A concise account of the life and career of Mustafa Kemal Ataturk (1881 - 1938), the formidable "founder of modern Turkey", who turned the ruins of the old and ramshackle Ottoman Empire into a modern, westernised and secularised nation state. It also provides an introduction to the Turkish Republic itself. Key features: The study of Ataturk is essential to those studying the history of Modern Turkey and also useful for the study of nationalism; Turkey has recently become very important to the western powers e.g. during the Gulf War, and its recent history is now of general, not specialist, concern; a topical subject - Ataturk's achievements are currently being challenged, particularly by Islamic fundamentalists, and the collapse of the Soviet Union has reopened questions about Turkey's role which Ataturk originally seemed to have settled for good. Readership: Level: Undergraduate and postgraduate, suitable for general reader. Courses: European history in the period of WWl and it's reader aftermath, Near and Middle Eastern History, Age of Dictators.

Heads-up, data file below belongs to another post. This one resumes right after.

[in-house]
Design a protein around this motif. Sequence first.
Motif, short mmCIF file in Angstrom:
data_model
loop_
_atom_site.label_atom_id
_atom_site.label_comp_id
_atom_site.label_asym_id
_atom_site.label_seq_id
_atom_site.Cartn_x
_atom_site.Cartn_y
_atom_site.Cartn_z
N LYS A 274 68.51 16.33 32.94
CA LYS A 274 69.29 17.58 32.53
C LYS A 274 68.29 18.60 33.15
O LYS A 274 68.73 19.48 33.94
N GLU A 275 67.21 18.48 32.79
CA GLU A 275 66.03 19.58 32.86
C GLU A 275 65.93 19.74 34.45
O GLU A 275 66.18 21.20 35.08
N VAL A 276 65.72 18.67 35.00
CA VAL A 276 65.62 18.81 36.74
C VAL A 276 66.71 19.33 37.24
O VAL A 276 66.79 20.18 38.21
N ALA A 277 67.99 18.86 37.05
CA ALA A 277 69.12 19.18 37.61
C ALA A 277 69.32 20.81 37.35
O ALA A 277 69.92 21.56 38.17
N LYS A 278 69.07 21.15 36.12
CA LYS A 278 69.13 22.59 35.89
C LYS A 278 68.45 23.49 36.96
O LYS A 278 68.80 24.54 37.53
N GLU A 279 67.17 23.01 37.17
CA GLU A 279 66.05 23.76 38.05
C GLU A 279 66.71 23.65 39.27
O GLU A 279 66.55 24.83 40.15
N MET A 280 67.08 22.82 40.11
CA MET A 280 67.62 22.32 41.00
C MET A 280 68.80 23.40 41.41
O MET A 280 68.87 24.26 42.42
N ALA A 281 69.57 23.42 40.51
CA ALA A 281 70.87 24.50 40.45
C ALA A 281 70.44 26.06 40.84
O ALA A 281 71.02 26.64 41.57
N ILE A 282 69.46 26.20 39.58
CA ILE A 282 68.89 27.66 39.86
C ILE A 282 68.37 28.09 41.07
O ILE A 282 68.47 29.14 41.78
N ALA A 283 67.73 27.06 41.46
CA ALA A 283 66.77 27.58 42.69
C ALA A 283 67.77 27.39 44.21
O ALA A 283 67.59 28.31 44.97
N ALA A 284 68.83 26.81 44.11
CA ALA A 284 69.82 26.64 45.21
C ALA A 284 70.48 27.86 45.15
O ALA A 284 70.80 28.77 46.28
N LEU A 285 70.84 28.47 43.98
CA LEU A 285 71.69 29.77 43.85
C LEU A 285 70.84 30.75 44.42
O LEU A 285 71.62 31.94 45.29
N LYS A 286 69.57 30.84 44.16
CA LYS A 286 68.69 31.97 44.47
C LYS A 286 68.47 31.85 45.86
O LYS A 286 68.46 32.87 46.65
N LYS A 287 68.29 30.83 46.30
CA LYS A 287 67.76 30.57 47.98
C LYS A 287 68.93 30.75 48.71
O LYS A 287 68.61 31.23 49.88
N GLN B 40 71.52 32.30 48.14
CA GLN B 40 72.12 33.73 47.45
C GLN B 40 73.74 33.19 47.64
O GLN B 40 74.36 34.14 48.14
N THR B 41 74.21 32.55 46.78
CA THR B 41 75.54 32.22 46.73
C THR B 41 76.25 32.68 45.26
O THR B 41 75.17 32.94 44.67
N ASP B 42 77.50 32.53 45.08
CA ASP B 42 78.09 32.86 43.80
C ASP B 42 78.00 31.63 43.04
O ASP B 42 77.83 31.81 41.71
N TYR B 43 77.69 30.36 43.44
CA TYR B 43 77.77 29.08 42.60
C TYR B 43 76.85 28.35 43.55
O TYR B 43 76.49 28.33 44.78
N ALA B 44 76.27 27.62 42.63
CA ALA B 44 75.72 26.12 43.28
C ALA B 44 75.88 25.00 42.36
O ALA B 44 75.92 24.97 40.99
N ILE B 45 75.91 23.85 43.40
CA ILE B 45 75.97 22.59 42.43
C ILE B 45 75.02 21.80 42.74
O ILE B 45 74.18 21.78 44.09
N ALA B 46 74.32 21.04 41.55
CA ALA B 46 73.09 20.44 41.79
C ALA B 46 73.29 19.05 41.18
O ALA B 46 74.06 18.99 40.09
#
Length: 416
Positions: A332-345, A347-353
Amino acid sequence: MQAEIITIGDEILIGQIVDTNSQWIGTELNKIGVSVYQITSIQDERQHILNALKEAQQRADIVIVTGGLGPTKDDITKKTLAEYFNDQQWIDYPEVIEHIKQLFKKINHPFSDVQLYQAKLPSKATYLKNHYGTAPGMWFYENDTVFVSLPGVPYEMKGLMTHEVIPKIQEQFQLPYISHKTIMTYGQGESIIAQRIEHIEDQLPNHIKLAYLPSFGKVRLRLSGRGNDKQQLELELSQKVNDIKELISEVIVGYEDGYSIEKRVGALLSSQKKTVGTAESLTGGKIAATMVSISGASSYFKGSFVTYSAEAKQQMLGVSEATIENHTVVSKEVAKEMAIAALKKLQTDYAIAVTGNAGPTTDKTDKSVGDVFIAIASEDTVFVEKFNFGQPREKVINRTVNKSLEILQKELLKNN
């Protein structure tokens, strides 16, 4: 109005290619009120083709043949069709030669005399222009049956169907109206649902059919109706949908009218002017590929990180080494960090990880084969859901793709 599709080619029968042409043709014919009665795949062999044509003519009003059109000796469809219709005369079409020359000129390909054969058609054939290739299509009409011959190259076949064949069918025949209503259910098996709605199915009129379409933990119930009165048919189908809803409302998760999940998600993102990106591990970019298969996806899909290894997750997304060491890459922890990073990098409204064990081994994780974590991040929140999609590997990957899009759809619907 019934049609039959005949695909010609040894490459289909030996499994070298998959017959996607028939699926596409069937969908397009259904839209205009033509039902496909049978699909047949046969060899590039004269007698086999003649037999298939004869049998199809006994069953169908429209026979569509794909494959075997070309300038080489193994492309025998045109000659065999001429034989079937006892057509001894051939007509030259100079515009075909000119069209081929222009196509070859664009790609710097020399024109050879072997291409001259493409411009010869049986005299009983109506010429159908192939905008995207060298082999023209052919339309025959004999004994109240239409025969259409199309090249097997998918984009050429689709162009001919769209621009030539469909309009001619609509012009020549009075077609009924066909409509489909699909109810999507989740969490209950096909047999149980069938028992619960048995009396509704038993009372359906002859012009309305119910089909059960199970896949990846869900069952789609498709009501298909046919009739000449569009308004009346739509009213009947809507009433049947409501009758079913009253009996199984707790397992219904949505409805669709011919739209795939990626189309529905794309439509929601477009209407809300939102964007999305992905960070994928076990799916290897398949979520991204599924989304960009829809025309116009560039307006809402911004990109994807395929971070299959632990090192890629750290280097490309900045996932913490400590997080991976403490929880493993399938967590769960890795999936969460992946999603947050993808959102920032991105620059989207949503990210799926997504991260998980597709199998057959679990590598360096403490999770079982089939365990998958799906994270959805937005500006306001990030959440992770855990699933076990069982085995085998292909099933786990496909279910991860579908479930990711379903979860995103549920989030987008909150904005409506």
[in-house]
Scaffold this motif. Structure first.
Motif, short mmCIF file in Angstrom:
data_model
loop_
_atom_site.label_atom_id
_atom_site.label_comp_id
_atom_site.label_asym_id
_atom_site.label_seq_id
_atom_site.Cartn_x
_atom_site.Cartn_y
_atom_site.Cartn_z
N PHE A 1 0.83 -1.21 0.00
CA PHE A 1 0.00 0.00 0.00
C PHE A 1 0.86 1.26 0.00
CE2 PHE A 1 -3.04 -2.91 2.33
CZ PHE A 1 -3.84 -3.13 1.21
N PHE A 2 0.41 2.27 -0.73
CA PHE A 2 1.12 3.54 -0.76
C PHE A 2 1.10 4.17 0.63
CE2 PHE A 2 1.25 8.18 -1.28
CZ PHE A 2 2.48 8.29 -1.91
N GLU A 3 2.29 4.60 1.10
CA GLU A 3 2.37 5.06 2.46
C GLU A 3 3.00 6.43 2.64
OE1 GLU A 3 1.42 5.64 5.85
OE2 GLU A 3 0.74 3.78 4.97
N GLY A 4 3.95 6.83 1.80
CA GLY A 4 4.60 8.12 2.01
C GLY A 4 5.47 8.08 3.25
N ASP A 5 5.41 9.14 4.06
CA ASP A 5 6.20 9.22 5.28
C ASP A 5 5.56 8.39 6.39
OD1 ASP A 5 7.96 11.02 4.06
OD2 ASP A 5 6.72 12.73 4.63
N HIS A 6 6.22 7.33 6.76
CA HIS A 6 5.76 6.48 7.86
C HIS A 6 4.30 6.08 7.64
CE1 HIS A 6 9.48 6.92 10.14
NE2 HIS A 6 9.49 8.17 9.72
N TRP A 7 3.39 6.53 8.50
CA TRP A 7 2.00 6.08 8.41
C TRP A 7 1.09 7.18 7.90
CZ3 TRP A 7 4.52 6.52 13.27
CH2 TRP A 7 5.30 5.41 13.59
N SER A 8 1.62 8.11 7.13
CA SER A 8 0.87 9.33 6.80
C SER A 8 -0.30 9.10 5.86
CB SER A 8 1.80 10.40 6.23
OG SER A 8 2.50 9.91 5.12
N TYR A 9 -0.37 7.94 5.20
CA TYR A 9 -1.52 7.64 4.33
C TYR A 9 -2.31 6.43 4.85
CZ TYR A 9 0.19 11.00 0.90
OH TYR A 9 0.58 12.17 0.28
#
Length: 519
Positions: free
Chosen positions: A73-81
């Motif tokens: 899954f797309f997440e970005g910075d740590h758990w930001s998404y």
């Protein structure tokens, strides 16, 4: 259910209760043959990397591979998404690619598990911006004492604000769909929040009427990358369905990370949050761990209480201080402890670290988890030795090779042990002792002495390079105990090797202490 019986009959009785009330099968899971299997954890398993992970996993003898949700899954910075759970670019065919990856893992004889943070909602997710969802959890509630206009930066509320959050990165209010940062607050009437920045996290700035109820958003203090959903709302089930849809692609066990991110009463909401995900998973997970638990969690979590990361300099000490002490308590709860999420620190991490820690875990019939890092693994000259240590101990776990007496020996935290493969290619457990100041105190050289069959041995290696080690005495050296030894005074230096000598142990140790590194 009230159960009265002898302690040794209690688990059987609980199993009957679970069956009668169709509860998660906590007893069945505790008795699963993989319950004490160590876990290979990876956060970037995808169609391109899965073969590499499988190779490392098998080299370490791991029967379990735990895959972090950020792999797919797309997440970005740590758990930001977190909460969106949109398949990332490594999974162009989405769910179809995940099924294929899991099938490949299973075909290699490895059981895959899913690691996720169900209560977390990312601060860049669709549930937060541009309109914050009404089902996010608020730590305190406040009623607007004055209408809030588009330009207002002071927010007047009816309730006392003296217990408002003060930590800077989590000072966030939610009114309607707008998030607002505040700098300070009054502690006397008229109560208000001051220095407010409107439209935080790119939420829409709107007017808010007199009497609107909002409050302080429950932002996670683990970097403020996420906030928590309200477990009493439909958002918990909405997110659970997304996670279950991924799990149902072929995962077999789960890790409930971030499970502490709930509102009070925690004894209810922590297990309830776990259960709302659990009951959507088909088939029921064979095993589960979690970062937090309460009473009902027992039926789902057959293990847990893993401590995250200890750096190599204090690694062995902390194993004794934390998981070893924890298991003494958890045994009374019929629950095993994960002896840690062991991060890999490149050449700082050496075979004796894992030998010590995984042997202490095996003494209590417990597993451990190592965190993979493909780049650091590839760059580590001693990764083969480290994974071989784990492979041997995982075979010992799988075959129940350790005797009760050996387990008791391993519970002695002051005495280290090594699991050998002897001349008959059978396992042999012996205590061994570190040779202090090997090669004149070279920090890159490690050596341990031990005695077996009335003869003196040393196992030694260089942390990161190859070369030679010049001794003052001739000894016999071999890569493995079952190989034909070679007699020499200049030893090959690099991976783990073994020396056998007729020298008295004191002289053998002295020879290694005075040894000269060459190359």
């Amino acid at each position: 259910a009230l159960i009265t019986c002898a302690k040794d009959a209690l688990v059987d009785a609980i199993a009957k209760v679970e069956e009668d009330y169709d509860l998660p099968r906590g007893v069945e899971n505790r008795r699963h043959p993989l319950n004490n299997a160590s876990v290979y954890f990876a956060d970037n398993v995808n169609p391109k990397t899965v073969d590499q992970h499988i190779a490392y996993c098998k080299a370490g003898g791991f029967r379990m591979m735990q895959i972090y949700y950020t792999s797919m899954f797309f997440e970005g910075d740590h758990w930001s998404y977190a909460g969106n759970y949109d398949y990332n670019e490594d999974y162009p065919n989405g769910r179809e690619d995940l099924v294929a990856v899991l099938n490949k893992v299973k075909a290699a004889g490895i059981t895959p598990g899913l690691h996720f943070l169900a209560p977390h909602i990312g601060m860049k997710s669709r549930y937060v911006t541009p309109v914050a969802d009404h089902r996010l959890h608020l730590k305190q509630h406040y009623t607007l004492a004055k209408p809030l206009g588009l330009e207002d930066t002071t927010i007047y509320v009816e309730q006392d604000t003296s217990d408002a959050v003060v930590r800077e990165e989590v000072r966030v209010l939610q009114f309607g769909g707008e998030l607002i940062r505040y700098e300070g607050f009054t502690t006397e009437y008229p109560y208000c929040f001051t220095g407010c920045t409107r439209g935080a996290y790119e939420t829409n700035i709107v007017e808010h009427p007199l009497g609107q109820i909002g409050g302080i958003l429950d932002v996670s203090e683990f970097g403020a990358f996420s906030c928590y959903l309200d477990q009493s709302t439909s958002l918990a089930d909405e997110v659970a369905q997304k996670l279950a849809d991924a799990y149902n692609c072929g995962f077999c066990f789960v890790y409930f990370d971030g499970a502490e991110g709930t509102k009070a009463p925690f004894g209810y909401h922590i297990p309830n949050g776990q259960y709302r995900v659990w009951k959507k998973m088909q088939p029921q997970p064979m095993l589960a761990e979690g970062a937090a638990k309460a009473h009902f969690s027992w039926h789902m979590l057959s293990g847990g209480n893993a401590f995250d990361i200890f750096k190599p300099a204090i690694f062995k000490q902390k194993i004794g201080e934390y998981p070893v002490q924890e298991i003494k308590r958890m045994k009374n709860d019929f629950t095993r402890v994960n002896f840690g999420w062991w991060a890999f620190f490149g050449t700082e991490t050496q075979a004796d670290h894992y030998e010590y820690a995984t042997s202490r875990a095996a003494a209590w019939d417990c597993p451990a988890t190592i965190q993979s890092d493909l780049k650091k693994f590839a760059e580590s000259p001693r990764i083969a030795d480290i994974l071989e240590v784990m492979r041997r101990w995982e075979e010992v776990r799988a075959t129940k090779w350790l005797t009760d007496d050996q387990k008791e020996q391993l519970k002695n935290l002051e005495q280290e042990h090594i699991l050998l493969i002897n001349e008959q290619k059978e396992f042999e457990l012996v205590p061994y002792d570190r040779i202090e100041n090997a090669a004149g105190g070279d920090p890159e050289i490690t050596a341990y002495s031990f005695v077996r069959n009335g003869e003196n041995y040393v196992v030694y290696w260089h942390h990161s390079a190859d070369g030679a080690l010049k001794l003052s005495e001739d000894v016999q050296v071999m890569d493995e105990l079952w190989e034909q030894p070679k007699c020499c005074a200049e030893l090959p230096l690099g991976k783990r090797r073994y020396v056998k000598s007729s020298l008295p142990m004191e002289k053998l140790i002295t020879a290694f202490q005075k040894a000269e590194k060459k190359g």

A L Macfie has published numerous articles in academic journals, mainly on Middle Eastern diplomatic history. His publications include Ataturk in Longman's Profiles in Power series and The Straits Question 1908-36, published by the Institute for Balkan Studies